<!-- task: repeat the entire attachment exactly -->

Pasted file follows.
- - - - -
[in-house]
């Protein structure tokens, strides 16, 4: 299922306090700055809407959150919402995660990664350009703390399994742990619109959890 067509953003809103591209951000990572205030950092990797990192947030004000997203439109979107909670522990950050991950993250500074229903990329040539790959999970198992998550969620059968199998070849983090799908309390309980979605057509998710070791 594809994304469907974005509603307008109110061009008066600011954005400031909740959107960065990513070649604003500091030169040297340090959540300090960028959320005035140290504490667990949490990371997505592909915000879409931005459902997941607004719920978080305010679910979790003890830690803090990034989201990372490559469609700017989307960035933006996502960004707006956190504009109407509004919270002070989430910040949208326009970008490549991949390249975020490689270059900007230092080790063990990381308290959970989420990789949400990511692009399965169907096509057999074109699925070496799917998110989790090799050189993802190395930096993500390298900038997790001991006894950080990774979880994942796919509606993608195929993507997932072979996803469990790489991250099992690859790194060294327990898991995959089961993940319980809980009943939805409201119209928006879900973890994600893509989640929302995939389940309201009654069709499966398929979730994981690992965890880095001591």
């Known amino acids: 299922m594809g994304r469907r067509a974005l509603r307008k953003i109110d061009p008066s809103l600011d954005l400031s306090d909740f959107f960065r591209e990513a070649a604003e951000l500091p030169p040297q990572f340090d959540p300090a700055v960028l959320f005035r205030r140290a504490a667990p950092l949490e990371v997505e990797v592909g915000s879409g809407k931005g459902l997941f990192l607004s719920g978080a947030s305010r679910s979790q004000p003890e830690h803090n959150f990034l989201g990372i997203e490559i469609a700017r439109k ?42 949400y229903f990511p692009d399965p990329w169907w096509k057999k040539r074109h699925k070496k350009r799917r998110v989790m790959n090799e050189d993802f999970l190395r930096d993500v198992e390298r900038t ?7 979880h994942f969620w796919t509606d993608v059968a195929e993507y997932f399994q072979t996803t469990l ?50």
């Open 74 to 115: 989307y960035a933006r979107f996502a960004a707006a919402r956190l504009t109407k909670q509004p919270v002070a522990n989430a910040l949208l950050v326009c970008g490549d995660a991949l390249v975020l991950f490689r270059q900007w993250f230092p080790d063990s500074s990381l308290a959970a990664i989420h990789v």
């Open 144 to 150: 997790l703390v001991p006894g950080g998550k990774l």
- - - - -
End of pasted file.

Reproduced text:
[in-house]
């Protein structure tokens, strides 16, 4: 299922306090700055809407959150919402995660990664350009703390399994742990619109959890 067509953003809103591209951000990572205030950092990797990192947030004000997203439109979107909670522990950050991950993250500074229903990329040539790959999970198992998550969620059968199998070849983090799908309390309980979605057509998710070791 594809994304469907974005509603307008109110061009008066600011954005400031909740959107960065990513070649604003500091030169040297340090959540300090960028959320005035140290504490667990949490990371997505592909915000879409931005459902997941607004719920978080305010679910979790003890830690803090990034989201990372490559469609700017989307960035933006996502960004707006956190504009109407509004919270002070989430910040949208326009970008490549991949390249975020490689270059900007230092080790063990990381308290959970989420990789949400990511692009399965169907096509057999074109699925070496799917998110989790090799050189993802190395930096993500390298900038997790001991006894950080990774979880994942796919509606993608195929993507997932072979996803469990790489991250099992690859790194060294327990898991995959089961993940319980809980009943939805409201119209928006879900973890994600893509989640929302995939389940309201009654069709499966398929979730994981690992965890880095001591």
């Known amino acids: 299922m594809g994304r469907r067509a974005l509603r307008k953003i109110d061009p008066s809103l600011d954005l400031s306090d909740f959107f960065r591209e990513a070649a604003e951000l500091p030169p040297q990572f340090d959540p300090a700055v960028l959320f005035r205030r140290a504490a667990p950092l949490e990371v997505e990797v592909g915000s879409g809407k931005g459902l997941f990192l607004s719920g978080a947030s305010r679910s979790q004000p003890e830690h803090n959150f990034l989201g990372i997203e490559i469609a700017r439109k ?42 949400y229903f990511p692009d399965p990329w169907w096509k057999k040539r074109h699925k070496k350009r799917r998110v989790m790959n090799e050189d993802f999970l190395r930096d993500v198992e390298r900038t ?7 979880h994942f969620w796919t509606d993608v059968a195929e993507y997932f399994q072979t996803t469990l ?50």
């Open 74 to 115: 989307y960035a933006r979107f996502a960004a707006a919402r956190l504009t109407k909670q509004p919270v002070a522990n989430a910040l949208l950050v326009c970008g490549d995660a991949l390249v975020l991950f490689r270059q900007w993250f230092p080790d063990s500074s990381l308290a959970a990664i989420h990789v």
């Open 144 to 150: 997790l703390v001991p006894g950080g998550k990774l």